Egypt’s share of the River Nile water is likely to decline, as affected by an ambitious Ethiopian plan to establish a hydroelectric dam with a storage capacity of some 74 billion cubic metres of water.
Egypt gets 95 per cent of its water supplies from the Nile. Repercussions of the dam on the country are expected to decrease the flow of the water in the Nile, especially when the level is already low in the winter agricultural season and High Dam power generation is reduced by 20 per cent.
Ever since the project’s foundation stone was laid l8 months ago, it has triggered controversy over Egyptian water security, already affected by limited water resources, a growing population and challenges of climatic change, such that the per capita quota of water has dropped to 650 square metres.
The Nile water file gained centre stage during the former Mubarak regime, but the then leadership’s handling of it backfired in the light of policies that turned the country’s back on the African Continent.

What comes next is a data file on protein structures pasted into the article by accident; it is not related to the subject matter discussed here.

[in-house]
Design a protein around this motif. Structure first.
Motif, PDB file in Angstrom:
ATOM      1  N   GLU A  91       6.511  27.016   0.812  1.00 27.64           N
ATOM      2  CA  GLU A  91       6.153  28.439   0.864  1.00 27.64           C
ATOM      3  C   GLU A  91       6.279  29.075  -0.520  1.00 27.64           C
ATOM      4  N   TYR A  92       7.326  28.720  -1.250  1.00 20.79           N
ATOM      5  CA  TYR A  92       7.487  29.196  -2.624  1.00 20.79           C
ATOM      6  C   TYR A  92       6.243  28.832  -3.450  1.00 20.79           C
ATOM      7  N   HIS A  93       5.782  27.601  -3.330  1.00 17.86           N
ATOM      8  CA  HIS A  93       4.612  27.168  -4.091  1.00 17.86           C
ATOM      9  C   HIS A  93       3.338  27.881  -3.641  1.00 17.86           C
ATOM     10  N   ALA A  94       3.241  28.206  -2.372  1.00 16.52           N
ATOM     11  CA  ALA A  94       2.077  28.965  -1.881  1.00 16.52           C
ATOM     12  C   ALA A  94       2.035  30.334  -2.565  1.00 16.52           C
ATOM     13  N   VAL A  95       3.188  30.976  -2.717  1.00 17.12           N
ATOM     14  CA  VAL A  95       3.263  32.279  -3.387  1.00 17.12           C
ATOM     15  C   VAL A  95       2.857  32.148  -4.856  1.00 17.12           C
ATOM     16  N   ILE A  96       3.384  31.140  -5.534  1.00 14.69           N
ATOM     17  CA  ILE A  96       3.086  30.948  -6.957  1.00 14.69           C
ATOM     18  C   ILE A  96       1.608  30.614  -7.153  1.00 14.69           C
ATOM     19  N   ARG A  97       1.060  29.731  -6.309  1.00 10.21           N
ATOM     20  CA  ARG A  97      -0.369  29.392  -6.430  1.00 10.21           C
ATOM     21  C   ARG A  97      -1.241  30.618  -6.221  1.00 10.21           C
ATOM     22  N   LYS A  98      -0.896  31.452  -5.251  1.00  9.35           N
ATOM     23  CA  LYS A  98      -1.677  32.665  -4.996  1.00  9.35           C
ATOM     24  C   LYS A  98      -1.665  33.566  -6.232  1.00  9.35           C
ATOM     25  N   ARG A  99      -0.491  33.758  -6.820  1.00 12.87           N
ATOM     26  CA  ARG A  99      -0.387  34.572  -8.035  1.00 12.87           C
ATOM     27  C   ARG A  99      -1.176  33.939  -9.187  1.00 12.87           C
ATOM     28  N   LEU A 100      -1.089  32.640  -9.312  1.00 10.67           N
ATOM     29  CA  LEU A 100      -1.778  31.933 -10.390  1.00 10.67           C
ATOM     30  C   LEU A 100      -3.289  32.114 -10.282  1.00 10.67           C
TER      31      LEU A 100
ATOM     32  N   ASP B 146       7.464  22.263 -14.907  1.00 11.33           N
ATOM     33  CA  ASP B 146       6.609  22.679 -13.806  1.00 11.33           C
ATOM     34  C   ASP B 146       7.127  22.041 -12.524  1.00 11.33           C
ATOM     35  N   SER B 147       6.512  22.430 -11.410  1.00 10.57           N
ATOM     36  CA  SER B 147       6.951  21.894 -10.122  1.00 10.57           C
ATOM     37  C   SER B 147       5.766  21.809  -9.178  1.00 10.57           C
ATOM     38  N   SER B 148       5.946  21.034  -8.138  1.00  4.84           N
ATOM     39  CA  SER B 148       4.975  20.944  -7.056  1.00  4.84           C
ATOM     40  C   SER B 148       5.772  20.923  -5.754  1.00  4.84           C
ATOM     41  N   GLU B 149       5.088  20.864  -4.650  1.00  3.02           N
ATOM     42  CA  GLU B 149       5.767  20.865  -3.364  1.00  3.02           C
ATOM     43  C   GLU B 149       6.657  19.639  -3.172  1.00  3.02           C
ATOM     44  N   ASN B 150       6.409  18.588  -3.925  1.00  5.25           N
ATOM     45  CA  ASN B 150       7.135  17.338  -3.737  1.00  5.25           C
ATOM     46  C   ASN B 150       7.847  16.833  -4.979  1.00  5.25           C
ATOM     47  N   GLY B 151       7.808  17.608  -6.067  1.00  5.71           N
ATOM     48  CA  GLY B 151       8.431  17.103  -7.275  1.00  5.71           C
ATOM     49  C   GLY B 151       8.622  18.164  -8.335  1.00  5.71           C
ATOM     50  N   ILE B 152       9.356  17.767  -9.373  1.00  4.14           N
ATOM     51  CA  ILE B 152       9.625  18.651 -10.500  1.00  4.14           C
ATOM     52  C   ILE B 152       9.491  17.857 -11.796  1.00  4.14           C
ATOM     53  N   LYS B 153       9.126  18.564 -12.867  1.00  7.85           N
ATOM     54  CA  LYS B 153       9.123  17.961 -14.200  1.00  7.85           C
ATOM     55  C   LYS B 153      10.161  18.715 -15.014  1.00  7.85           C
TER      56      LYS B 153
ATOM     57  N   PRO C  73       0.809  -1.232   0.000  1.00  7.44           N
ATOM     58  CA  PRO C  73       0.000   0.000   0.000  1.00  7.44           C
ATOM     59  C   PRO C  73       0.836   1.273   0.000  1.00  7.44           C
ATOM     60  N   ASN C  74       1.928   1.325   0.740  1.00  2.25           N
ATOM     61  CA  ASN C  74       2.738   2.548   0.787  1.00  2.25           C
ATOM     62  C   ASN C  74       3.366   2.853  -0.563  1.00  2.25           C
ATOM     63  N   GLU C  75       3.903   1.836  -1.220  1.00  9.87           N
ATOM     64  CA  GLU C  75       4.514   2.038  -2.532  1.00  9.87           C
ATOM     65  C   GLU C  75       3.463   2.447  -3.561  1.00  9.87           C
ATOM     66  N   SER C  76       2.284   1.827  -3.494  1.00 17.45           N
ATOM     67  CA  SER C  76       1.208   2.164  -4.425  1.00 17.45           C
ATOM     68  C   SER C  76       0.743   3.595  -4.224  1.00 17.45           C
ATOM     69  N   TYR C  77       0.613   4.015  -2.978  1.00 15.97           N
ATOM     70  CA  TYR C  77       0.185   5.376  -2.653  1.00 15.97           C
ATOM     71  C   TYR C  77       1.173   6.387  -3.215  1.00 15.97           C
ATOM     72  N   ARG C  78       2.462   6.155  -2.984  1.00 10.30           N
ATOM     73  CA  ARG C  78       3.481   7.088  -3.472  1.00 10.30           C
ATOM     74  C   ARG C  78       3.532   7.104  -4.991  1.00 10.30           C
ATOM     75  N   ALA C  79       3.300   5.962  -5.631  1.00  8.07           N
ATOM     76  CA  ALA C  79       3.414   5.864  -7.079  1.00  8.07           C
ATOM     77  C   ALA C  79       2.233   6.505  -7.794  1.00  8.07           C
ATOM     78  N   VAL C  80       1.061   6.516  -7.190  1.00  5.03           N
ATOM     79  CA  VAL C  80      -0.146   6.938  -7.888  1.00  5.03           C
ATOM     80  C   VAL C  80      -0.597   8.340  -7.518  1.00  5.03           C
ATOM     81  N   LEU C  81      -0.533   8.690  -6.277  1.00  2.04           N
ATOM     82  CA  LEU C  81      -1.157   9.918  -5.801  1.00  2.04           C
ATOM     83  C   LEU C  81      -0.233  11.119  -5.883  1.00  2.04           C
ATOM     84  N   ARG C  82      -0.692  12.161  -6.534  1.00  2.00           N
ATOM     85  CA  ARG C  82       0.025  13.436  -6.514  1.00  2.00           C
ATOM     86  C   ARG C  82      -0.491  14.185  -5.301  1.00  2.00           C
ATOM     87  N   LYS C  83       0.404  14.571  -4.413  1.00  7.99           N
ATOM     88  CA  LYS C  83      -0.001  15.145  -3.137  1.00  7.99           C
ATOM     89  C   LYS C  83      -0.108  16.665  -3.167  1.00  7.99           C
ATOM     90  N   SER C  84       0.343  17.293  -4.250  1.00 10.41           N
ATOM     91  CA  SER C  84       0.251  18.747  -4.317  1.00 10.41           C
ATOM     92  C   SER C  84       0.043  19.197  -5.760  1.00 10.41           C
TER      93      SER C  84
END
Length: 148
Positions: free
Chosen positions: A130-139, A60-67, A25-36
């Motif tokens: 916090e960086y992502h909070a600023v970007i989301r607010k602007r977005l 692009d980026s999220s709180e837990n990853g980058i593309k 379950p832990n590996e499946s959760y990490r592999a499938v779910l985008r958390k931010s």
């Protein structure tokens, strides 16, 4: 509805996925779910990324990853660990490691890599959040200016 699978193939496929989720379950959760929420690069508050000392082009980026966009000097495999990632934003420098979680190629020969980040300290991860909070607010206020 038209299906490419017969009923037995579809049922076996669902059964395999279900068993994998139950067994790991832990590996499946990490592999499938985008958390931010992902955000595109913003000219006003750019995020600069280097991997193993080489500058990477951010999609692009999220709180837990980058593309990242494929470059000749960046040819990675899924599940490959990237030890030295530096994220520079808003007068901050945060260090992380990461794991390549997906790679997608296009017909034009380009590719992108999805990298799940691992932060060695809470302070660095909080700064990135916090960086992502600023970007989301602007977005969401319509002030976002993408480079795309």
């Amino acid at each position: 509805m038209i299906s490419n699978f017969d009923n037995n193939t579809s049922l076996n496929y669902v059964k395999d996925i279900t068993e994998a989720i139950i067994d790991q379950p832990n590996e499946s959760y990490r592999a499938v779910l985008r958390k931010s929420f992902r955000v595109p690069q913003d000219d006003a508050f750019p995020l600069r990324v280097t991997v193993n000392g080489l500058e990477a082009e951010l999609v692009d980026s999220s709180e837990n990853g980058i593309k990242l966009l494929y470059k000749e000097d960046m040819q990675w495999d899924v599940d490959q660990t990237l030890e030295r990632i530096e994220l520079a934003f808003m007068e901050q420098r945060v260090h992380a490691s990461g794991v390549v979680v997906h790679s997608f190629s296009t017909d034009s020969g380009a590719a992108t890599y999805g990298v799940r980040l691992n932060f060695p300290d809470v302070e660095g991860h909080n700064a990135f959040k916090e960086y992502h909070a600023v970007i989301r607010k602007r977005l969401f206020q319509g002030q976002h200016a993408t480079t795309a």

Now that after the revolution foreign policy has been correctly orientated towards Africa, greater understanding between downstream countries and Ethiopia and the rest of the Nile Basin countries is being sought.
A committee comprising experts from three countries is currently working on a thorough study of the pros and cons of the gigantic project. It is expected to render a final report to the respective governments by next February, in the light of which political decisions are to be taken.
Diplomatic channels and popular initiatives stand today as feasible options to reach middle ground, where the interests of the Nile Basin countries are observed while safeguarding Egypt’s historic rights to its share of the Nile water.